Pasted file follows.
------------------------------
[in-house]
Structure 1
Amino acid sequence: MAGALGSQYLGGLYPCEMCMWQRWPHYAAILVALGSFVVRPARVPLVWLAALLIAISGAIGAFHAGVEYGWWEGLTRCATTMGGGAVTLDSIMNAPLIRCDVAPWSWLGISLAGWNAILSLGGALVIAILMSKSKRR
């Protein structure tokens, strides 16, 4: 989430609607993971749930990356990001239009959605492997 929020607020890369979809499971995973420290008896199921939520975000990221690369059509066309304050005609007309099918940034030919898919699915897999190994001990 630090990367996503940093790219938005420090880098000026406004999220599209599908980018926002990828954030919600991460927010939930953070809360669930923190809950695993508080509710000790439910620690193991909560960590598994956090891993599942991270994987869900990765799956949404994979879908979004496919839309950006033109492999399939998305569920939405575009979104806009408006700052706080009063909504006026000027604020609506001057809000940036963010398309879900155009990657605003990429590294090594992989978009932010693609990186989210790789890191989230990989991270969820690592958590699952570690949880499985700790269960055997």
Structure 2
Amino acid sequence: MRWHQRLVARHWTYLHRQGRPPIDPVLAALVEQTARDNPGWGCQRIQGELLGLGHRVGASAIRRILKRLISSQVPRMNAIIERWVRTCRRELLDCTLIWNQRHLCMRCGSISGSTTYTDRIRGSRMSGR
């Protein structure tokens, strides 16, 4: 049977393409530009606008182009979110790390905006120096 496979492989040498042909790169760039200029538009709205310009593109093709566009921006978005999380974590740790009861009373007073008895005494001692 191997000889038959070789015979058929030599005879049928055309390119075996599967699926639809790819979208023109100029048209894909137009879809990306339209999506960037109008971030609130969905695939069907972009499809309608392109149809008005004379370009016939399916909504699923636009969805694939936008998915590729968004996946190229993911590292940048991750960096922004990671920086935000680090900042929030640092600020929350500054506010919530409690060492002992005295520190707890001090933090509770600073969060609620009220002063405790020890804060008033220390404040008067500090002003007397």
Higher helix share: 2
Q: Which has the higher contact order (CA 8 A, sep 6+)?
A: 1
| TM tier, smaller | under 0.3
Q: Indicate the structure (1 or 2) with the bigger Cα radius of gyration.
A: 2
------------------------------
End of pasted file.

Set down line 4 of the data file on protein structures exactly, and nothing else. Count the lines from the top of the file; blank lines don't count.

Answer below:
């Protein structure tokens, strides 16, 4: 989430609607993971749930990356990001239009959605492997 929020607020890369979809499971995973420290008896199921939520975000990221690369059509066309304050005609007309099918940034030919898919699915897999190994001990 630090990367996503940093790219938005420090880098000026406004999220599209599908980018926002990828954030919600991460927010939930953070809360669930923190809950695993508080509710000790439910620690193991909560960590598994956090891993599942991270994987869900990765799956949404994979879908979004496919839309950006033109492999399939998305569920939405575009979104806009408006700052706080009063909504006026000027604020609506001057809000940036963010398309879900155009990657605003990429590294090594992989978009932010693609990186989210790789890191989230990989991270969820690592958590699952570690949880499985700790269960055997």